Faithful discipleship among the next generation means teaching children that God loves the nations and desires everyone to worship him. Teaching the children in your church about God’s heart for the nations is an excellent way to pass on important teachings about image-bearing, prayer, and God’s character (Psalm 78:4).
While there are many ways to teach children about the nations, our church has chosen to pick a nation of the month to learn and pray about in our children’s ministry. Younger children love to learn about the animals that inhabit Finland, Mexico, and Kenya. While we want to capitalize on their curiosity about the physical environment of a country, we use it as an opportunity to talk to them about the spiritual environment of a country.
How to Teach Children about God’s Heart for the Nations
Even when children don’t yet have a concept of where Australia is or how far Mongolia is from Dallas,Texas, there’s no need to delay in telling them about a good and gracious God who longs to see his gospel go forth to the nations. When we tell them about God’s heart for the nations, we are retelling them the gospel and laying a foundation for them to consider God’s larger family.
When we tell them about God’s heart for the nations, we are retelling them the gospel and laying a foundation for them to consider God’s larger family.
Teach Them that Everyone Bears the Image of God
One of my favorite parts of choosing to talk about and pray for a nation of the month is that we get to tell children over and over again that God made everyone with equal value and worth. We don’t shy away from the hard realities around the world; rather, we start with what makes each unique culture beautiful.
We talk positively about different languages and have pre-selected 36 countries that we rotate through over the course of three years that represent a wide variety of cultures and locations. When our kids think about these countries, we want them to think about the nations’ value, worth, dignity, and beauty. We want them to know that while there are important differences, each person shares the need for God’s mercy and grace.
Meet Children Where They Are At
As much as we want kids to understand the weight of the gospel, it’s natural that they are curious about what makes sense in their world. We lean into this by talking about the natural environment, languages, and animals. This is another way to model delight in God’s creation and curiosity around differences. We want to exemplify praising God and giving thanks for what God has created in addition to who he has created.
Don’t Shy Away from Brokenness
In the church, we underestimate kids a lot. Certainly, we want to communicate in an age-appropriate way, but if you’ve ever taught the story of Abraham’s sacrifice of Isaac to a group of three-year-olds, then you know they are more than capable of hearing big truths.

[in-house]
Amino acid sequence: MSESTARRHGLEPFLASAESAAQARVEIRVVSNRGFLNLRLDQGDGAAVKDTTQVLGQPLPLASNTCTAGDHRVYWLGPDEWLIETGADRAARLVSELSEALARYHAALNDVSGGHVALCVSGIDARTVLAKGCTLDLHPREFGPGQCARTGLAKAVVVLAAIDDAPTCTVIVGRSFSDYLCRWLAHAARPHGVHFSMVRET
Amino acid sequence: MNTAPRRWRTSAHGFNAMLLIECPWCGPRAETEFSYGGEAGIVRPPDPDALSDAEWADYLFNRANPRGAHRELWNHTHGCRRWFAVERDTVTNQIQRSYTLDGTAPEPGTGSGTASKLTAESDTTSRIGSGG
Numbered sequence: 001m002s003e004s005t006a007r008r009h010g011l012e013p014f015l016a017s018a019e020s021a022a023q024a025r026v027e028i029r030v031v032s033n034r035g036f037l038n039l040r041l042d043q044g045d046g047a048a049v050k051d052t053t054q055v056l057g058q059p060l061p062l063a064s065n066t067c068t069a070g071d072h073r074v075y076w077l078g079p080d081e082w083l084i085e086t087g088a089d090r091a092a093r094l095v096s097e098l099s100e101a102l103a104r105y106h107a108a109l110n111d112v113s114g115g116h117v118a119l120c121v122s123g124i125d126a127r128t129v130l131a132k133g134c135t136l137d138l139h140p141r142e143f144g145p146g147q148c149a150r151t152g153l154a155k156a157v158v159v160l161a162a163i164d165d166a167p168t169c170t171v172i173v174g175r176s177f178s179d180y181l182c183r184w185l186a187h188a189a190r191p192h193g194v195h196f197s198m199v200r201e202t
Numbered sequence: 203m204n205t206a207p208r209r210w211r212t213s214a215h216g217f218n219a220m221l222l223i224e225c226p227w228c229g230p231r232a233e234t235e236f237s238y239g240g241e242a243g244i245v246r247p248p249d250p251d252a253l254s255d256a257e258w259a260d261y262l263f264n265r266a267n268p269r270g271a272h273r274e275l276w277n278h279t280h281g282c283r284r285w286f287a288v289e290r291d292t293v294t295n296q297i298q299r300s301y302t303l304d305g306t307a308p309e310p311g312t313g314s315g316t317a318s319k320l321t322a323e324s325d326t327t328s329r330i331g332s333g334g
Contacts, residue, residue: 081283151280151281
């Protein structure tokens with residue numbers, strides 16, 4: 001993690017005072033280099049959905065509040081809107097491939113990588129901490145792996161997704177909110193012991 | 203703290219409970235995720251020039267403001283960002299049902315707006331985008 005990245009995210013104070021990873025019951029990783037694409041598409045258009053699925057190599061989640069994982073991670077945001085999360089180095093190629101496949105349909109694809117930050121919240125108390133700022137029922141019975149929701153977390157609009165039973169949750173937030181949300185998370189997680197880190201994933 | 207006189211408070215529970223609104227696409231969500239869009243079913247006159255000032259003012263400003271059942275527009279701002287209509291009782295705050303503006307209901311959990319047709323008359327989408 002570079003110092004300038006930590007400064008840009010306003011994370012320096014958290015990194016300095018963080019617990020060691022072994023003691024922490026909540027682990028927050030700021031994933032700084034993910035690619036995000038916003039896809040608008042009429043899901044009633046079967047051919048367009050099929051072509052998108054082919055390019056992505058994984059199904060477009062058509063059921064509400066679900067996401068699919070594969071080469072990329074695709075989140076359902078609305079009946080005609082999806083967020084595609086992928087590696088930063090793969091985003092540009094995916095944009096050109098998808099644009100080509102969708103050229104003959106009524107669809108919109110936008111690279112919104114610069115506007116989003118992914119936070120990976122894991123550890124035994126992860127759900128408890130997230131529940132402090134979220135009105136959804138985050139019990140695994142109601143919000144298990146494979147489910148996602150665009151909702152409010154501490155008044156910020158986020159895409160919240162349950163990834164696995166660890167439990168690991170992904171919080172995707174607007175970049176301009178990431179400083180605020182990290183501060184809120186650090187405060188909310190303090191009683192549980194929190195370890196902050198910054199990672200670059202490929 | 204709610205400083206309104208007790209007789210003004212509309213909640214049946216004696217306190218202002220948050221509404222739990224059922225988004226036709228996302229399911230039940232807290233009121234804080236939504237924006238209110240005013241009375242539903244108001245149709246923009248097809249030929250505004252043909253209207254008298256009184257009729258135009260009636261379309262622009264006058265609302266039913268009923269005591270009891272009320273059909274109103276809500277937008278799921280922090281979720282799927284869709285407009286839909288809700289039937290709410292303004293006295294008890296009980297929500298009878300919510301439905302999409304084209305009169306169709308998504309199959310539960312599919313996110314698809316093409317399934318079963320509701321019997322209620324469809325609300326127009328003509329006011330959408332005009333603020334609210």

Knowing that young children today are in the most globally and technologically connected generation of human history means we have a responsibility to model for them what it means to lament and intercede for the nations. We use age-appropriate terms and definitions, but we don’t shy away from praying for people who are suffering due to poverty, unjust governments, and natural disasters.
Empower Them to Pray
When we are aware of the beauty and brokenness of the nations, we should be moved to pray. We invite kids to pray for the nations out loud, and when appropriate invite them to do so with our church family.
When we are aware of the beauty and brokenness of the nations, we should be moved to pray.
We highlight what God is already doing in the nations. Prayerfully, we ask God to sustain, protect, and encourage believers among the nations.
Don’t Be Surprised When They Surprise You
One of my favorite parts of my job is hearing stories of how children surprise their parents. I love it when children initiate prayer with their families. During recent unrest in Burkina Faso, one little girl overheard and said, “I don’t know what’s going on in Burkina Faso, but it doesn’t sound good. Let’s pray for them.” While children may not always be quite this articulate, the truth is they are listening and their hearts are looking for ways to make sense of the world God has made.
During a nation-of-the-month teaching recently, we prayed for the Bible to be translated into an accessible language. Very quickly a hand shot up and I received a string of direct questions from a very curious 1st grader. I did my best to explain linguistics and Bible translation on the fly, but I could tell that the seeds of compassion were being planted in her heart.
Let’s take their little hearts seriously enough to point them to God’s heart for the nations. They may even be our next intercessors and Bible translators.